This world can seem like backdrop, but in truth it’s the storyteller. Understanding it that way requires a shift in framing, pulled way out wide in ways that accentuate our individual smallness. Humanity, as a general rule, does not prefer to see itself this way. Even daily life could bring us real awareness of the sacrifices the natural world bears to grant us this new morning, this cup of coffee. But we force it into the background of our lives instead.

A changed planet is not just coming—it is already here. It’s time for us to invite nature into ourselves, to know the consequences of our hunger.Would the true cost of that appetite consume your heart like a fire? Would you weep and rage and cry that nothing could be done, because one person cannot plant a forest, let alone hold space for the pain of everything now missing? Or would the silence just burn?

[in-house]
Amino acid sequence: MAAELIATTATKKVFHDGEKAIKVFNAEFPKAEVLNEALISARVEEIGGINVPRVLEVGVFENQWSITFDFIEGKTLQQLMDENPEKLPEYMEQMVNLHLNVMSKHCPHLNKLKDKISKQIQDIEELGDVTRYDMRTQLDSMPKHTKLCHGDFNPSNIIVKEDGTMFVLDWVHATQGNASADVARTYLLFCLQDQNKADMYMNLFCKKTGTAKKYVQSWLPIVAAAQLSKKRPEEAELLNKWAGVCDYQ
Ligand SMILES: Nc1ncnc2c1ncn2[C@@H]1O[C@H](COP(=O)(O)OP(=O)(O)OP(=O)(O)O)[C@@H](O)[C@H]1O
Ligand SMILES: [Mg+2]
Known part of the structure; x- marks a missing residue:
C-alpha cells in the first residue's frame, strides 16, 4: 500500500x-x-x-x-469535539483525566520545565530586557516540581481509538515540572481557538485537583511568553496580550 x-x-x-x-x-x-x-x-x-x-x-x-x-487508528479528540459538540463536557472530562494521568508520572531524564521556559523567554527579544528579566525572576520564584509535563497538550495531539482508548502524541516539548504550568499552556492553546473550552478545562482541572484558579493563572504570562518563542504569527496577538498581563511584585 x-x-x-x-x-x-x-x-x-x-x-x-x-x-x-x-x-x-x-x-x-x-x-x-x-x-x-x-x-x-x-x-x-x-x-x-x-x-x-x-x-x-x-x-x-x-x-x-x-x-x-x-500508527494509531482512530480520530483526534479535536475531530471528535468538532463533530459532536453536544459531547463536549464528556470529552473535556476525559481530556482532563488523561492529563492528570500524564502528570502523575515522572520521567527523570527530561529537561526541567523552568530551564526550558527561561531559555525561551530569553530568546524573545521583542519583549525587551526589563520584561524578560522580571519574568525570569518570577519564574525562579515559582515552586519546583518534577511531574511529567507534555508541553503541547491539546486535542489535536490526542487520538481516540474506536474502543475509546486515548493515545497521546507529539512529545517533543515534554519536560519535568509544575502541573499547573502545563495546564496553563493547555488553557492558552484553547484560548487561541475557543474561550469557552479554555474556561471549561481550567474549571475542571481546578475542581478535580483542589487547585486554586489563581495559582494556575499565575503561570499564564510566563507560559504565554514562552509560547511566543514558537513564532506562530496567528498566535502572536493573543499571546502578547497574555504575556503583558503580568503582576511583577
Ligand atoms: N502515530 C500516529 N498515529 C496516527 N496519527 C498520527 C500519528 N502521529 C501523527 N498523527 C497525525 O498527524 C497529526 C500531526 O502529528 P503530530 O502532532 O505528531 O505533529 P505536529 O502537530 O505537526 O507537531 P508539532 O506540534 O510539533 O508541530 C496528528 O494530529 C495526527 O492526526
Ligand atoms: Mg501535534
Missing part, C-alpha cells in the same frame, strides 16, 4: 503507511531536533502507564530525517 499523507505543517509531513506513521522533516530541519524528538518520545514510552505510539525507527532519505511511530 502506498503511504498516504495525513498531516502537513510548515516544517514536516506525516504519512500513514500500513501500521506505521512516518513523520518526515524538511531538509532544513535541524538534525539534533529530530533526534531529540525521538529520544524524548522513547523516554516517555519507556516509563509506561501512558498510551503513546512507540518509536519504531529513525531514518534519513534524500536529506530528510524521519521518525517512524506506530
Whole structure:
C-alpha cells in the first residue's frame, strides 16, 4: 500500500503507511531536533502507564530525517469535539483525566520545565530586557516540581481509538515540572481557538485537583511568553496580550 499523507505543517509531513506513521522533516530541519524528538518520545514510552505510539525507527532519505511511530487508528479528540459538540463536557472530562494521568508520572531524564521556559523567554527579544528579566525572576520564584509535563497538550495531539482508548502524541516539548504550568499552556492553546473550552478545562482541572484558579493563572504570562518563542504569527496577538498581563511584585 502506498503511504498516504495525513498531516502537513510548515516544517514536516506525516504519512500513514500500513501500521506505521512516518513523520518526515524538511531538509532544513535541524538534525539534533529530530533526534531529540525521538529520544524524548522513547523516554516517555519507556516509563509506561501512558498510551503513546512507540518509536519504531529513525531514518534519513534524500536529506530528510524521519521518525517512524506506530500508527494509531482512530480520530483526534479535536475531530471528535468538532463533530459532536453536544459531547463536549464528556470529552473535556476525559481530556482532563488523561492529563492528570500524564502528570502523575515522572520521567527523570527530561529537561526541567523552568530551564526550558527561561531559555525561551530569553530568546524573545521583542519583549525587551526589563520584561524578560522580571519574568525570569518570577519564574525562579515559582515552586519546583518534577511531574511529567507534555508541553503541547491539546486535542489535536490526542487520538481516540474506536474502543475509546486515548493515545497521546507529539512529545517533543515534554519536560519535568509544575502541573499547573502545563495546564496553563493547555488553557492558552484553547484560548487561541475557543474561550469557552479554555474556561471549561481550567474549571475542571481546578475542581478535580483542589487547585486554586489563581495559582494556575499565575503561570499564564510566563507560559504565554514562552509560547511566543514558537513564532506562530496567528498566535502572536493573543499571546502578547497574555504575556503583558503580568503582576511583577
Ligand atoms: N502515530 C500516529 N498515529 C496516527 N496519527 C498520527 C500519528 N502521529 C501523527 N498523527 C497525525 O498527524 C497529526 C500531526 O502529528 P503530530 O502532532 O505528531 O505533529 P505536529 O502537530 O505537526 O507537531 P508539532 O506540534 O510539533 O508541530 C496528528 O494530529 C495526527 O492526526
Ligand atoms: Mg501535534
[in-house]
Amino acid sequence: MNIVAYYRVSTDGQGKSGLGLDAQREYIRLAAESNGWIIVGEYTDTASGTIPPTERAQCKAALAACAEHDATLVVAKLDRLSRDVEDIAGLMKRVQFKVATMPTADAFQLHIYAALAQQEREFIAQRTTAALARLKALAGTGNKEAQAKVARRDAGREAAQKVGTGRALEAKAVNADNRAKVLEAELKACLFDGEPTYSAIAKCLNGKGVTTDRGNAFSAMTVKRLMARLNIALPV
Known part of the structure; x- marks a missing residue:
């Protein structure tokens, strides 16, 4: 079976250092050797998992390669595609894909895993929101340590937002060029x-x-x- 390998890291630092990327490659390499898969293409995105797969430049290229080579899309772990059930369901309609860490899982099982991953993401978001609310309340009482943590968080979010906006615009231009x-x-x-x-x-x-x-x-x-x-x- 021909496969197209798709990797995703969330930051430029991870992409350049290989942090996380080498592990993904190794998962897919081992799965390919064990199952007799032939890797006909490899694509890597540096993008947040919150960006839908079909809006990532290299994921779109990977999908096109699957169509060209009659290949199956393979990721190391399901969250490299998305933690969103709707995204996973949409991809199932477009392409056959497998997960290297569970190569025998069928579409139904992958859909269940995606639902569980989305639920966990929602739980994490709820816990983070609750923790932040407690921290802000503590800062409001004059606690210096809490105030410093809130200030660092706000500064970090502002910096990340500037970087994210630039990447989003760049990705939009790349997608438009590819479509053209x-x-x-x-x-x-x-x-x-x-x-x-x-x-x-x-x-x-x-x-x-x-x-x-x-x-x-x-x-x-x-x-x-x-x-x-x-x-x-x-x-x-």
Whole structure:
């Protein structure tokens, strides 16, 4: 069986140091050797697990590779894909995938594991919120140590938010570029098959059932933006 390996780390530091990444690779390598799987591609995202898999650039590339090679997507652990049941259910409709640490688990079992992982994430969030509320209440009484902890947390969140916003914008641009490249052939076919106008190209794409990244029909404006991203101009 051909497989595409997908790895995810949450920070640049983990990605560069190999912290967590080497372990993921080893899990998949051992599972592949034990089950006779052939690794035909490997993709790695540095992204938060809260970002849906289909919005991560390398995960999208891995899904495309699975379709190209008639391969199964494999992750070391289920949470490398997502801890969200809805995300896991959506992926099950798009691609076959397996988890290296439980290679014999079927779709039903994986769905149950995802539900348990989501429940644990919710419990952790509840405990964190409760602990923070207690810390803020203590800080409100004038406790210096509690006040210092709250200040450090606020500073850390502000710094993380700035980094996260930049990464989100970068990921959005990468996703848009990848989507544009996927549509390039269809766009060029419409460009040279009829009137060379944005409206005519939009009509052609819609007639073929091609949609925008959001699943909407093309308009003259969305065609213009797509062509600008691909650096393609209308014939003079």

This is a kind of radical empathy, not just for humanity, but extended to other organisms. It’s an existence founded on extimacy with the world as well as intimacy. It hurts, it’s bewildering, but it’s right, too, to listen for the heartbeat of life. A sense of relief comes from trying to make peace with the destructive hunger and pick up the pieces.

What happens when the woods are silent and hot, and the sun bakes down on crumbling soil? When each leaf is bleached, the color drained out of it? Nothing stirs on the banks of the river where frogs and turtles once sunned themselves. There is only absence. Wisps of a nest are tangled in the crown of a pine tree, but it sits undisturbed and uninhabited. Even the wind is warm and close and empty, with no susurrus of insects. The beating of wings has faded from the sky and soon, from memory. Somewhere in the distance, the steady drone of a highway underpins the light rustling of dry branches.

The silence is not just quiet but empty, a loneliness we can feel in our bones when we recognize it. It’s a wash of relief then when birdsong still shatters the quiet. How grateful we should be that the chickadee and the blue jay still remain with us even as we build highways and houses in their homes.